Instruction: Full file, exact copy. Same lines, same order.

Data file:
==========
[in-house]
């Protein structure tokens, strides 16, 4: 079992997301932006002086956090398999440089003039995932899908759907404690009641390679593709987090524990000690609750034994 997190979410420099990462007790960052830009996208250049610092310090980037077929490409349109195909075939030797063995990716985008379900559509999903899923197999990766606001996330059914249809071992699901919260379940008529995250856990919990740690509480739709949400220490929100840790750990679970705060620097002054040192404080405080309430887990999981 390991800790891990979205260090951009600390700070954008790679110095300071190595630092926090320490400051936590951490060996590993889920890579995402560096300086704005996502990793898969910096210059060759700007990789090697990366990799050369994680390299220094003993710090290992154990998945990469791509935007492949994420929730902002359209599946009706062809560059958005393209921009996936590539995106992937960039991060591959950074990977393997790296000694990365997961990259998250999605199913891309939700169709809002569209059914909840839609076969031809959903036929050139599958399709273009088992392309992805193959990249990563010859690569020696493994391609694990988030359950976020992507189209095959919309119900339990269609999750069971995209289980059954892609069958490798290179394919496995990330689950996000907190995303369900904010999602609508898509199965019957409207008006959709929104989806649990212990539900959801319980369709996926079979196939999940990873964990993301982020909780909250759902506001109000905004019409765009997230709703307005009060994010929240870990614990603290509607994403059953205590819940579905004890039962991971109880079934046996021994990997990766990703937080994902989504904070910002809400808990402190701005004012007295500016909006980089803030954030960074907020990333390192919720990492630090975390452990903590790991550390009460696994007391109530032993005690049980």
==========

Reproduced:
[in-house]
């Protein structure tokens, strides 16, 4: 079992997301932006002086956090398999440089003039995932899908759907404690009641390679593709987090524990000690609750034994 997190979410420099990462007790960052830009996208250049610092310090980037077929490409349109195909075939030797063995990716985008379900559509999903899923197999990766606001996330059914249809071992699901919260379940008529995250856990919990740690509480739709949400220490929100840790750990679970705060620097002054040192404080405080309430887990999981 390991800790891990979205260090951009600390700070954008790679110095300071190595630092926090320490400051936590951490060996590993889920890579995402560096300086704005996502990793898969910096210059060759700007990789090697990366990799050369994680390299220094003993710090290992154990998945990469791509935007492949994420929730902002359209599946009706062809560059958005393209921009996936590539995106992937960039991060591959950074990977393997790296000694990365997961990259998250999605199913891309939700169709809002569209059914909840839609076969031809959903036929050139599958399709273009088992392309992805193959990249990563010859690569020696493994391609694990988030359950976020992507189209095959919309119900339990269609999750069971995209289980059954892609069958490798290179394919496995990330689950996000907190995303369900904010999602609508898509199965019957409207008006959709929104989806649990212990539900959801319980369709996926079979196939999940990873964990993301982020909780909250759902506001109000905004019409765009997230709703307005009060994010929240870990614990603290509607994403059953205590819940579905004890039962991971109880079934046996021994990997990766990703937080994902989504904070910002809400808990402190701005004012007295500016909006980089803030954030960074907020990333390192919720990492630090975390452990903590790991550390009460696994007391109530032993005690049980």